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Transportation - The Great Equalizer - MORPC and the City of New Albany

Thank you for registering for Transportation – The Great Equalizer. Unfortunately, due to a technical error, the recording shown below starts midway through slide 4 of the presentation.

Link to presentation

Please see the transcript for slides 1-4 below.

Slide 1 – Welcome to Transportation – The Great Equalizer. My name is Patty Olmsted from the Mid-Ohio Regional Planning Commission. We’re glad to have you join us today and look forward to providing you with some great information about workforce mobility options and funding.

Before we get started, I want to mention a couple of housekeeping items. Please keep your line muted unless you are presenting. Feel free to post questions in the chat function in Teams.

Slide 2 – We have a few of the leading mobility providers in Central Ohio here to speak with us. To save time, each presenter will introduce themselves before their presentation.

Slide 3 – I would like to thank the City of New Albany for co-sponsoring our webinar today. I appreciate all of Michael and Jackie’s efforts to make today’s webinar possible.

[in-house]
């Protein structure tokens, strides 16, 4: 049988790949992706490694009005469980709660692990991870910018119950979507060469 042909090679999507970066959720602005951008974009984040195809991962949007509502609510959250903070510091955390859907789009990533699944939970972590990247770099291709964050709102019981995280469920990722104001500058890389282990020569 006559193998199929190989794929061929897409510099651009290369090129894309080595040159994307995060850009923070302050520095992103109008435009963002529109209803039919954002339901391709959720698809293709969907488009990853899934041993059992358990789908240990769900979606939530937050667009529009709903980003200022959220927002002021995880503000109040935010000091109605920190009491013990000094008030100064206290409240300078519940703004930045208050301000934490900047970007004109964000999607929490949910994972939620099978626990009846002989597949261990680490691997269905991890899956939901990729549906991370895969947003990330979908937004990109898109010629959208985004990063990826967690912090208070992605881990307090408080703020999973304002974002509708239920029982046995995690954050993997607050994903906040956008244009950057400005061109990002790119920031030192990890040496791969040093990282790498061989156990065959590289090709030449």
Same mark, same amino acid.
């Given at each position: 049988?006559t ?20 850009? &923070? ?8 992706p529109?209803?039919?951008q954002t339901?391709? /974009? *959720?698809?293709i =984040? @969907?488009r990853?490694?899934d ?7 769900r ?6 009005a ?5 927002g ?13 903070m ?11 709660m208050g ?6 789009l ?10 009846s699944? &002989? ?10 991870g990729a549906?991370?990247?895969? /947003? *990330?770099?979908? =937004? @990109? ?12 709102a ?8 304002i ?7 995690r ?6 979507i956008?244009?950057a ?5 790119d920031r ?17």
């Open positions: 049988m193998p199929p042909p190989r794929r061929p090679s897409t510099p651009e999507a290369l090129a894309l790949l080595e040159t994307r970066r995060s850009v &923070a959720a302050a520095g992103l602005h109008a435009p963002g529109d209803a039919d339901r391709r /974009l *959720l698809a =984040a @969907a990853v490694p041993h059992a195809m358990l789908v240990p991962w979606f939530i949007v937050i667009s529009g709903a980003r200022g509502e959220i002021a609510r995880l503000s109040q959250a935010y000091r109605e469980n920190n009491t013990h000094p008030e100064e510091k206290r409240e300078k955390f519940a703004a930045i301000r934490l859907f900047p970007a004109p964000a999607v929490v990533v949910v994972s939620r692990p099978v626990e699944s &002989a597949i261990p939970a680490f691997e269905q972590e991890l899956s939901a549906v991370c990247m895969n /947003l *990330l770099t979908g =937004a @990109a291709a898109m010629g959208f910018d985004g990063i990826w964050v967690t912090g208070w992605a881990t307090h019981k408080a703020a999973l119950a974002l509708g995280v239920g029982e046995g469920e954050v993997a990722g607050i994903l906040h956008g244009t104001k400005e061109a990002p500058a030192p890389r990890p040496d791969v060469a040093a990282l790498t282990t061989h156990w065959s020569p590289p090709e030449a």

Slide 4 – Today I would like to talk to you about why transportation benefits matter. To understand why transportation benefits can be an important tool, we first need to understand the state of our economy.

Currently, the unemployment rate is around 5.4%, which is down from 9.3% at this same time last year. This means there are fewer individuals to fill jobs in Central Ohio. To make it even more difficult, 23 to 43% of households have only one or no car to transport them to these jobs.

An additional factor for employees is rising fuel costs. Fuel costs have risen around $1.00 per gallon in the last year. In 2021, food-at-home prices have increased 2.5 to 3.5%. The reality for many of our workforce is choosing between fuel or food. Many food pantries are experiencing a record number of customers.

Knowing the challenge, how does a company come up with a solution, without trying to constantly raise wages to entice the 5.4% of the unemployed to work for them? How do we keep our workforce from leaving their current position, for a new position that has a lower cost of commuting to work?

Continue now to the video below.